(NAPSI)—You can protect yourself and your family from the dangers of foodborne, illness-causing bacteria, such as Salmonella, if you heed the “Cook It Safe” campaign by the experts at the U.S. Department of Agriculture. There are four things you need to do:
1. Read and follow package cooking instructions. Most frozen or refrigerated convenience foods must be properly cooked before you can eat them. The label can tell you whether the product needs to be thoroughly cooked or simply reheated. Uncooked meat or poultry, for example, must be cooked to a high enough temperature to destroy harmful bacteria.
2. Know when to use a microwave and when not to. Sometimes, thorough cooking requires the use of a conventional oven, not a microwave. Microwave oven cooking times may not be enough to cook some foods to a safe internal temperature. Microwave ovens—even those equipped with a turntable—can cook unevenly and leave “cold spots” where harmful bacteria can survive. You may need to use a conventional oven, convection oven or toaster oven. So always follow the package cooking instructions.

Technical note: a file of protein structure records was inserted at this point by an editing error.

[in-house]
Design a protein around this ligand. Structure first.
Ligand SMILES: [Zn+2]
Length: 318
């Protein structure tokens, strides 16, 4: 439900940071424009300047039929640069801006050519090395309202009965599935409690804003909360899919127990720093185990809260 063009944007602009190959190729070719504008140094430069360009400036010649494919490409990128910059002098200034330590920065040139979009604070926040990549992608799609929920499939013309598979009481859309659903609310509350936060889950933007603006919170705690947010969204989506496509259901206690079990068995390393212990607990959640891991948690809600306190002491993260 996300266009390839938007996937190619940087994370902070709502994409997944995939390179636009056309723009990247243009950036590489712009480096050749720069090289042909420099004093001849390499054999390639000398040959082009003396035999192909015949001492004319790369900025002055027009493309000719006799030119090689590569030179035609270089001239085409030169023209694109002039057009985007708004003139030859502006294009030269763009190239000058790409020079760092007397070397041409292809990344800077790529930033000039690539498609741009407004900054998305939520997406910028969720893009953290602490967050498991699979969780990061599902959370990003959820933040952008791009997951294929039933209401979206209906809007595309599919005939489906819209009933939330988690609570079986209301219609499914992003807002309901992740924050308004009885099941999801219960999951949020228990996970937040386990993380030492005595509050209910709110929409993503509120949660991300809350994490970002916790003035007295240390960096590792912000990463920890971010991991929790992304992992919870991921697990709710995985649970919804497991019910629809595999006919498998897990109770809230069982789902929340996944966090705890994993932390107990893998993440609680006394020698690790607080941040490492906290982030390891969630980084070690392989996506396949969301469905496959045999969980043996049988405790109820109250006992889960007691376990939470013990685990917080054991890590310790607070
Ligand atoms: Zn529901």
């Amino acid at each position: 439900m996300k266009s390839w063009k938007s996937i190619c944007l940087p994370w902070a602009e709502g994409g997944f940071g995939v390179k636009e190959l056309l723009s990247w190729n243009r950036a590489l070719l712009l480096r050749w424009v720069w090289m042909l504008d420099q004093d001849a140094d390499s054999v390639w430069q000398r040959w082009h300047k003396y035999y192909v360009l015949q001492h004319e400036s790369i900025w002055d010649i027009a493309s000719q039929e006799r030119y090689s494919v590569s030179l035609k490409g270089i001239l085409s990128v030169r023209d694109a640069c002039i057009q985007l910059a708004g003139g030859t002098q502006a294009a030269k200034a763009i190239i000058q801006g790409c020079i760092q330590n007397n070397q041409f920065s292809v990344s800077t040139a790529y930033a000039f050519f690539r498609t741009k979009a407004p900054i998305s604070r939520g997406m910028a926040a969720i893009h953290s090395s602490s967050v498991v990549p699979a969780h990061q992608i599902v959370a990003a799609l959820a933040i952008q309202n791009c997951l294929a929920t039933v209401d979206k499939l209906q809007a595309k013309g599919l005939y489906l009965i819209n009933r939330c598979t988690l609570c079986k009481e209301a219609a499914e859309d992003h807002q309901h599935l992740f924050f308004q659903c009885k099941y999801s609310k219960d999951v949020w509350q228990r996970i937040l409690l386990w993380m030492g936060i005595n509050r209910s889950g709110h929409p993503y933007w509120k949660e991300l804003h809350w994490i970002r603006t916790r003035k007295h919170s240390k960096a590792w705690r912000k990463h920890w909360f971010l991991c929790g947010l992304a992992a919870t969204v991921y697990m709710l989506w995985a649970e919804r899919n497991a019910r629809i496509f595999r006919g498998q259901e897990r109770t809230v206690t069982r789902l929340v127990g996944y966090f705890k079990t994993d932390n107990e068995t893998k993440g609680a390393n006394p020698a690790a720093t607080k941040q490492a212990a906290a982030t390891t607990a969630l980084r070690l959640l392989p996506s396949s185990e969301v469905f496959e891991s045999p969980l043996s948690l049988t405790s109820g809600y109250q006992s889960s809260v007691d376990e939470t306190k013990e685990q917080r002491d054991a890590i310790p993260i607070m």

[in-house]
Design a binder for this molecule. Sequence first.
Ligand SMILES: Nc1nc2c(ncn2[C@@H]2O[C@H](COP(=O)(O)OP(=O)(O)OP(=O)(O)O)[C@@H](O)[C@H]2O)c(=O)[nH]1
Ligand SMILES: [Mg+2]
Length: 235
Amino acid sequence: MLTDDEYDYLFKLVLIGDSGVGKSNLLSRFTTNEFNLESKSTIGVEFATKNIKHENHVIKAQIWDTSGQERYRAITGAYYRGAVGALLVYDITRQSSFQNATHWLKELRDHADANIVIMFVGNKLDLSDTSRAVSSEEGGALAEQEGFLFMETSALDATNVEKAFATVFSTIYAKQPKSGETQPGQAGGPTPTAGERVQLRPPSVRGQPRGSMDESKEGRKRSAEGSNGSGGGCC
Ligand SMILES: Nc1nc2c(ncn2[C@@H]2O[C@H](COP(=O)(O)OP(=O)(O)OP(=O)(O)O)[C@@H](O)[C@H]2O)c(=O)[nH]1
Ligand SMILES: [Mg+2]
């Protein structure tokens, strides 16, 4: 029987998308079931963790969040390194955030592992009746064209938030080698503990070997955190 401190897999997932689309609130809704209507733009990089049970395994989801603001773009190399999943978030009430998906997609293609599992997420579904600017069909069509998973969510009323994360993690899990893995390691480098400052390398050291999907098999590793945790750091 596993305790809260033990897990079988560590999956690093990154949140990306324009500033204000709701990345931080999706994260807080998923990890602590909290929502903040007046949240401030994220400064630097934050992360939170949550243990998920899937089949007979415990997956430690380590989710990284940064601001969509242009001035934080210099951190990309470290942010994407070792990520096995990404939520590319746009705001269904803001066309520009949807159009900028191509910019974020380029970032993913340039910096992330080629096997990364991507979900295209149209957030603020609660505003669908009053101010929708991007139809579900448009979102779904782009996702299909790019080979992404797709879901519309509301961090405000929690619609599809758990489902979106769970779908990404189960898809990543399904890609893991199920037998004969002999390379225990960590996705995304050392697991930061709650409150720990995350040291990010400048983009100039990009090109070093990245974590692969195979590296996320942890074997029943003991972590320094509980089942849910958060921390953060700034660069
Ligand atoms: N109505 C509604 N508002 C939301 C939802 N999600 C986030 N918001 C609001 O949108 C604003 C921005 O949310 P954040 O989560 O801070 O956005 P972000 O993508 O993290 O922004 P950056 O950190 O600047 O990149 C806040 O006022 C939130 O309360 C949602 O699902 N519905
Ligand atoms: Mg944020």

3. Know your wattage. If your microwave’s wattage is lower than that required in the cooking instructions, it will take longer for the food to reach a safe internal temperature. The higher the wattage of the oven, the faster it will cook food. If you don’t know the wattage of your microwave, check the inside of the oven’s door, the serial number plate on the back of the oven or the owner’s manual. You can also do a “time-to-boil” test to estimate the wattage: Measure a cup of plain tap water in a two-cup glass measuring cup. Add ice cubes; stir until water is ice cold. Discard ice cubes and pour out excess water so only one cup remains. Set the microwave oven on high for four minutes. Watch the water through the window to see when it boils. If it boils in less than two minutes, its wattage is 1,000 watts or more. If it takes 2½ minutes, its wattage is about 800 watts or more. If water boils in three minutes, its wattage is 650 to 700, and if it takes more than three minutes, it’s 300 to 500 watts.
4. Always use a food thermometer to ensure a safe internal temperature. After the microwave or conventional oven cooking time is over, observe any “stand time” specified in the cooking instructions. During this time, the food continues to cook even with the oven off, and the temperature of the food continues to rise. No matter how you’ve cooked the food, use a food thermometer in several places to make sure the dish has reached a safe internal temperature.
You can learn more at www.fsis.usda.gov/Food_Safety_Education/Cook_It_Safe/index.asp and www.fsis.usda.gov/PDF/Microwave_Ovens_and_Food_Safety.pdf.